You heard it here first!!
For the first time Sunny is revealing the plot of her next book, Mona Lisa Eclipsing
I'm ecstatic about having Sunny share a few words with us today on our blog. She is a fantastic writer with a brilliantly imaginative mine. I want to thank her for being so gracious and friendly when it came to answering our questions. The Q&A today is about her Monere Series. I picked this series knowing that the next book in the series will be coming out later this year or early next. This will give you a chance to pick up the whole series and be caught up with the story when the new adverture begins. ENJOY!!
What was the easiest and hardest things to write about in the Monère Series?
The love scenes turned out, surprisingly, to be the easiest parts to write. It’s more conscious work and writing effort leading up to it. Then when I hit a love scene, the words just flowed out of me almost effortlessly.
Ironically enough, the love scenes now are also the hardest things to write in the Monère series. MONA LISA AWAKENING, MONA LISA BLOSSOMING, and the short Monère novella in OVER THE MOON were literally a joy for me to write. By then, however, I’d written over a dozen love scenes. My problem is that I try to make each love scene slightly different and unique—different emotional reasons and resonances, as well as the sex itself, if I can. After you’ve written so many variations, you start to run out of new ideas.
What is the most asked question about the Monère Series?
The biggest one so far is if Dante (from MONA LISA CRAVING) will come back. Happy to say that yes, he will. For a while I thought that MONA LISA DARKENING would be the last book I’d write in the series. The outpouring of emails from fans, and some really wonderful readers that I met at a conference happily changed my mind. It’s very different meeting readers who love your stories in person. Meeting them made me feel much more obligated to ties things up for my fans instead of leaving things hanging.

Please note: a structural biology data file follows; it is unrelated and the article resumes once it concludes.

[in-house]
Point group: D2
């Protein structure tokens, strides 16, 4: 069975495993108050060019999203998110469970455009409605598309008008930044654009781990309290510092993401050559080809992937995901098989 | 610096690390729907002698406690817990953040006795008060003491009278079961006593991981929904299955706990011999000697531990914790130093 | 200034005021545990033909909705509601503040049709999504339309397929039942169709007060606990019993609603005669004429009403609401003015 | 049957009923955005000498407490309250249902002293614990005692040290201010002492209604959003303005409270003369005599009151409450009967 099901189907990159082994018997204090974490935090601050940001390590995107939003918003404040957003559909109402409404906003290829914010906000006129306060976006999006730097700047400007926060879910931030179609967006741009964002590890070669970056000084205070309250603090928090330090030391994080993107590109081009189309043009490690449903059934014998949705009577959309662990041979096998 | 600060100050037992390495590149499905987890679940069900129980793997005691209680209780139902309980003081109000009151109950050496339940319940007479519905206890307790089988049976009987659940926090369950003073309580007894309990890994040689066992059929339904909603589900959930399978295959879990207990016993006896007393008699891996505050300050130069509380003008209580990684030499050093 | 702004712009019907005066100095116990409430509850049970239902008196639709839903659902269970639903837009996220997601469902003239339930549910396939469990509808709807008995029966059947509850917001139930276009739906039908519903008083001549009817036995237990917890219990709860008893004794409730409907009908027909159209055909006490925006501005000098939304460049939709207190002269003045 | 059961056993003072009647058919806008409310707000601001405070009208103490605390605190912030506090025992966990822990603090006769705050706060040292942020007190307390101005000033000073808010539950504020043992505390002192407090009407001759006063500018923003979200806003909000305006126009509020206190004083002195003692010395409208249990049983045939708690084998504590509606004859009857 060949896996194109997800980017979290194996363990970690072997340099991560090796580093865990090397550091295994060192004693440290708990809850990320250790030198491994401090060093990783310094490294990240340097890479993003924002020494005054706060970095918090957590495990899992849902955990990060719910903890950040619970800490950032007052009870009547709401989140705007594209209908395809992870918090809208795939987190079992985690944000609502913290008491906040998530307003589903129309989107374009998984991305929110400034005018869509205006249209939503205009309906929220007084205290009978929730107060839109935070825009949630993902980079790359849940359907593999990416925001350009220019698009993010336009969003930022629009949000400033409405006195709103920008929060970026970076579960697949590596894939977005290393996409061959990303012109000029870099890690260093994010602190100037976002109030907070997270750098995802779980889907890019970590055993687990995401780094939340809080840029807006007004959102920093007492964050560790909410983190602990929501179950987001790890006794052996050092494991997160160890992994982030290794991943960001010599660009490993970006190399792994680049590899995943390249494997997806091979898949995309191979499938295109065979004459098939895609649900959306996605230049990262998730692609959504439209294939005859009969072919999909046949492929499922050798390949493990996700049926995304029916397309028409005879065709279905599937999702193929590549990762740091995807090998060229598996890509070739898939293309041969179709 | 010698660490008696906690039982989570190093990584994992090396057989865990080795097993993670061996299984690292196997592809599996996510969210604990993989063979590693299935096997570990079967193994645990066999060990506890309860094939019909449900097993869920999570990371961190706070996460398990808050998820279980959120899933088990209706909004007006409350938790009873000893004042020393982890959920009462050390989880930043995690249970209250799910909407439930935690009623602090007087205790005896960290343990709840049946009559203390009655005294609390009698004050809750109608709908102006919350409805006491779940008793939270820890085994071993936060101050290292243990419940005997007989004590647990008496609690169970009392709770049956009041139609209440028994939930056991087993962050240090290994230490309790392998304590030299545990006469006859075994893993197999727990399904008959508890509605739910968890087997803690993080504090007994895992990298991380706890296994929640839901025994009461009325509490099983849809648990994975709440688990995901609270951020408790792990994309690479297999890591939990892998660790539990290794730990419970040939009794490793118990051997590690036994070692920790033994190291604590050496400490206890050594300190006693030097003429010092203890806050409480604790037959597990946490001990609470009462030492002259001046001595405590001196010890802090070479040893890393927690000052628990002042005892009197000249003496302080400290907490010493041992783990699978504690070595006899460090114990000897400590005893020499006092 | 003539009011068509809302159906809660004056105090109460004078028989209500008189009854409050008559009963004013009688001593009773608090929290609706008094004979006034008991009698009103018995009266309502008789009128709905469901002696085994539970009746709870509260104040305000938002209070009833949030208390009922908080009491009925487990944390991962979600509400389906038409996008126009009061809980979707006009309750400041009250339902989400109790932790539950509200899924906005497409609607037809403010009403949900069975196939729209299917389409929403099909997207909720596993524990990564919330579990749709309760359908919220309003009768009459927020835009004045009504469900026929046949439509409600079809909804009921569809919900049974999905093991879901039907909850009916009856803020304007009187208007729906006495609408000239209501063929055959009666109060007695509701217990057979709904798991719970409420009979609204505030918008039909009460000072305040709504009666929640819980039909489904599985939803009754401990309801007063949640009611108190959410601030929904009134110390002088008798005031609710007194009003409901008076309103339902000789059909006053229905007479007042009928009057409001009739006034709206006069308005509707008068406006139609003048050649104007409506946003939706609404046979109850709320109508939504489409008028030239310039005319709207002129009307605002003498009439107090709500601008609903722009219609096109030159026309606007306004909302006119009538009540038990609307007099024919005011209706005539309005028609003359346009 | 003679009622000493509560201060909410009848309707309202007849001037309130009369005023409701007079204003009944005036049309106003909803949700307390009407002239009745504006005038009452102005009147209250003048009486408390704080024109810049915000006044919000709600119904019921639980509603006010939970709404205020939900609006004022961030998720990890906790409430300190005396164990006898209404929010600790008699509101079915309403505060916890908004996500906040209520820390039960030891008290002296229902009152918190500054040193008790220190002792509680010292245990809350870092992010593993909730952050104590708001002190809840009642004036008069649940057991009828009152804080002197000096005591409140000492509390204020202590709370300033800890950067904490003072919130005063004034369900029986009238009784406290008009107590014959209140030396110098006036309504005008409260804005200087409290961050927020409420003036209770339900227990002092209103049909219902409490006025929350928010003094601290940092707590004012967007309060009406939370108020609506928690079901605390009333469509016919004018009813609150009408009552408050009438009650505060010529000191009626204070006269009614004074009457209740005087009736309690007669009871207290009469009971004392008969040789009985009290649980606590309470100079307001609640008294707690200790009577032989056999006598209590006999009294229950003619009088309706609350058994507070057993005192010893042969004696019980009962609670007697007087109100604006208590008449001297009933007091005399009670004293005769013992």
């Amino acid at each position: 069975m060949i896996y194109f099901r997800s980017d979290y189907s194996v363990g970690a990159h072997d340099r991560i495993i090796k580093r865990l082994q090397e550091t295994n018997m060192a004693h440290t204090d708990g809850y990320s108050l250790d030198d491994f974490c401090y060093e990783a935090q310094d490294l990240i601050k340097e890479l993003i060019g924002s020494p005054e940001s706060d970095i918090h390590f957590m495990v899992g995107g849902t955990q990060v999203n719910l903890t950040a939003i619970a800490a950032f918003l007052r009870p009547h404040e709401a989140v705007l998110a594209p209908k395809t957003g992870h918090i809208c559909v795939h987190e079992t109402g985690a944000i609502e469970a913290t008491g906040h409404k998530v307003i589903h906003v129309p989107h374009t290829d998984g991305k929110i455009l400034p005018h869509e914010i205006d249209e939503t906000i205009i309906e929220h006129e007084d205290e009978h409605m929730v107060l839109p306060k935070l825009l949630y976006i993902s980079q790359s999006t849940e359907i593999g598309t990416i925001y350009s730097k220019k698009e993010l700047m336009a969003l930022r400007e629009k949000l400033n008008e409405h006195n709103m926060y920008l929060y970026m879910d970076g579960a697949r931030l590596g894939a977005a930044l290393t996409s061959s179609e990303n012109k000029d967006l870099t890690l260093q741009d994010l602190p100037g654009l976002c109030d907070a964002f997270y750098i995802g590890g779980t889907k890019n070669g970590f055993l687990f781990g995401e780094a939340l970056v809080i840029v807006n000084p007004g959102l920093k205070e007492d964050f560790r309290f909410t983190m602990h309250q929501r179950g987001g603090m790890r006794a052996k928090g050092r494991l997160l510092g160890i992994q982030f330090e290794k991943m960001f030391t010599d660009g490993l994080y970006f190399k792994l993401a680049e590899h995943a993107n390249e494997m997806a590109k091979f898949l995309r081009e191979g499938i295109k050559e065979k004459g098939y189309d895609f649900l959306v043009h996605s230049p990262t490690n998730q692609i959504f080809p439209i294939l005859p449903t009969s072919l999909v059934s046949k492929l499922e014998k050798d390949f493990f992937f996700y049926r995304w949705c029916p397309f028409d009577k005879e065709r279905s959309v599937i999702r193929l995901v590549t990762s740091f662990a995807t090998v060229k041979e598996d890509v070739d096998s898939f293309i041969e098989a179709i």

MONA LISA ECLIPSING should be out by the end of the year or early 2011, and will feature Dante’s return. We’ll also see more of Amber and Halcyon.
What is the most challenging aspect of writing the Monère Series?
Like the love scenes, the most challenging aspect of the novels is trying to come up with new perilous situations and adventures to write about. In MONA LISA AWAKENING, poor Mona Lisa is kidnapped by rogues, drugged with an aphrodisiac, and snatched by a demon down to Hell. In MONA LISA BLOSSOMING, the men in her life fight each other to win her love, and she is attacked by a rival Queen. In MONA LISA CRAVING, she’s snatched away by a family in need of her Queen ability to share moonlight with other Monère to save their oldest son, Dante, and finds herself haunted not just by new life growing within her but her old one. In MONA LISA DARKENING, Mona Lisa is drawn into NetherHell, the cursed realm of the damn, her body possessed by another Queen. And these are very simple, general strokes about each book. Each novel is packed with lots of action, adventure, side characters, and new lovers.
In MONA LISA ECLISPING, the new novel I’m writing, Mona Lisa travels down to Mexico after learning that Dante has been sighted there, intending to bring him home. A head injury, however, causes her to lose all memory of her new Monère life.
Which book has been the easiest and hardest to write and why?
My first novel, MONA LISA AWAKENING, was the most thrilling and joyous for me to write, but not the easiest. I was learning how to write and was facing the challenge of seeing if I was capable of writing out an entire book, which I didn’t quite believe I could do, much less write a story that I considered good. The easiest story to write was “Chinatown,” the novella in THE HARD STUFF, which I wrote after finishing MONA LISA AWAKENING. “Chinatown” was my first sale. Riding the high of having completed a manuscript that I loved—of finding myself able to actually write!—I dashed off the 25,000 word novella in two weeks, just in time to pitch it to a Kensington editor at the New England Chapter’s annual RWA Conference. I got “the email” several weeks later telling me that they wanted to publish my novella.
The hardest book to write is my current work in progress. I’ve found that each subsequent book in a series gets harder to write and takes longer to do so, much in part because I pack a lot of stuff into each book and start running out of ideas of what to do in the new stories that I haven’t already done. Not only deadlines but the self-pressure of trying to maintain quality weighs more heavily on you with each book.
Take a look at my reviews Skin on Skin and The Monere and The Demon Princess Chronicles.